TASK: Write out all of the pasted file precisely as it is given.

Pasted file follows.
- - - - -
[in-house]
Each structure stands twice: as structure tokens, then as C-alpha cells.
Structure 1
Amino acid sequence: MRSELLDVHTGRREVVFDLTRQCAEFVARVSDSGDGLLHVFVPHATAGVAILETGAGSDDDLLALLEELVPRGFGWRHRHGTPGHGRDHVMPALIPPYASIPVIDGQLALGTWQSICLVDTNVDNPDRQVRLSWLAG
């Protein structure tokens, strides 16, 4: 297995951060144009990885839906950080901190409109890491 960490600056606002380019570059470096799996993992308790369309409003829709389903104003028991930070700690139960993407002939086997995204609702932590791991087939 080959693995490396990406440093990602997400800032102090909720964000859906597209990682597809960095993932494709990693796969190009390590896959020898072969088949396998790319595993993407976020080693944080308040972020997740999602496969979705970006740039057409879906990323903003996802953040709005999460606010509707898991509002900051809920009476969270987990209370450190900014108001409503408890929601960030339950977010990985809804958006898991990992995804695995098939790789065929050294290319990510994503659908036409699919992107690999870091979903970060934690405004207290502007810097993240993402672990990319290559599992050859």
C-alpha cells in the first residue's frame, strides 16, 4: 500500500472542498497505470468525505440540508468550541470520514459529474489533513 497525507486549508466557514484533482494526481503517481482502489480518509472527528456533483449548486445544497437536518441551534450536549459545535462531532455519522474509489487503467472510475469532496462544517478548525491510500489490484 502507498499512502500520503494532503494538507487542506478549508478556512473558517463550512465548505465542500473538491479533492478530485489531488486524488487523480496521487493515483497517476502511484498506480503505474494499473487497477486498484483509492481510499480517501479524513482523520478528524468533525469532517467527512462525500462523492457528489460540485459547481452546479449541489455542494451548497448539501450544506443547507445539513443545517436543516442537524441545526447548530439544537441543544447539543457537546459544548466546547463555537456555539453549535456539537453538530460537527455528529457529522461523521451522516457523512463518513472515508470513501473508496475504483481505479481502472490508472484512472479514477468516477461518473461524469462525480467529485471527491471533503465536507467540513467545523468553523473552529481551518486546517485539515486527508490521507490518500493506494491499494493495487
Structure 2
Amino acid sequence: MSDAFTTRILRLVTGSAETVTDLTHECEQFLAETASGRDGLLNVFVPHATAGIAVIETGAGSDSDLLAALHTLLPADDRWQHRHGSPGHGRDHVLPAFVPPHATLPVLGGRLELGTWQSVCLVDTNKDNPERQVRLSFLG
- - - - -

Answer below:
[in-house]
Each structure stands twice: as structure tokens, then as C-alpha cells.
Structure 1
Amino acid sequence: MRSELLDVHTGRREVVFDLTRQCAEFVARVSDSGDGLLHVFVPHATAGVAILETGAGSDDDLLALLEELVPRGFGWRHRHGTPGHGRDHVMPALIPPYASIPVIDGQLALGTWQSICLVDTNVDNPDRQVRLSWLAG
């Protein structure tokens, strides 16, 4: 297995951060144009990885839906950080901190409109890491 960490600056606002380019570059470096799996993992308790369309409003829709389903104003028991930070700690139960993407002939086997995204609702932590791991087939 080959693995490396990406440093990602997400800032102090909720964000859906597209990682597809960095993932494709990693796969190009390590896959020898072969088949396998790319595993993407976020080693944080308040972020997740999602496969979705970006740039057409879906990323903003996802953040709005999460606010509707898991509002900051809920009476969270987990209370450190900014108001409503408890929601960030339950977010990985809804958006898991990992995804695995098939790789065929050294290319990510994503659908036409699919992107690999870091979903970060934690405004207290502007810097993240993402672990990319290559599992050859």
C-alpha cells in the first residue's frame, strides 16, 4: 500500500472542498497505470468525505440540508468550541470520514459529474489533513 497525507486549508466557514484533482494526481503517481482502489480518509472527528456533483449548486445544497437536518441551534450536549459545535462531532455519522474509489487503467472510475469532496462544517478548525491510500489490484 502507498499512502500520503494532503494538507487542506478549508478556512473558517463550512465548505465542500473538491479533492478530485489531488486524488487523480496521487493515483497517476502511484498506480503505474494499473487497477486498484483509492481510499480517501479524513482523520478528524468533525469532517467527512462525500462523492457528489460540485459547481452546479449541489455542494451548497448539501450544506443547507445539513443545517436543516442537524441545526447548530439544537441543544447539543457537546459544548466546547463555537456555539453549535456539537453538530460537527455528529457529522461523521451522516457523512463518513472515508470513501473508496475504483481505479481502472490508472484512472479514477468516477461518473461524469462525480467529485471527491471533503465536507467540513467545523468553523473552529481551518486546517485539515486527508490521507490518500493506494491499494493495487
Structure 2
Amino acid sequence: MSDAFTTRILRLVTGSAETVTDLTHECEQFLAETASGRDGLLNVFVPHATAGIAVIETGAGSDSDLLAALHTLLPADDRWQHRHGSPGHGRDHVLPAFVPPHATLPVLGGRLELGTWQSVCLVDTNKDNPERQVRLSFLG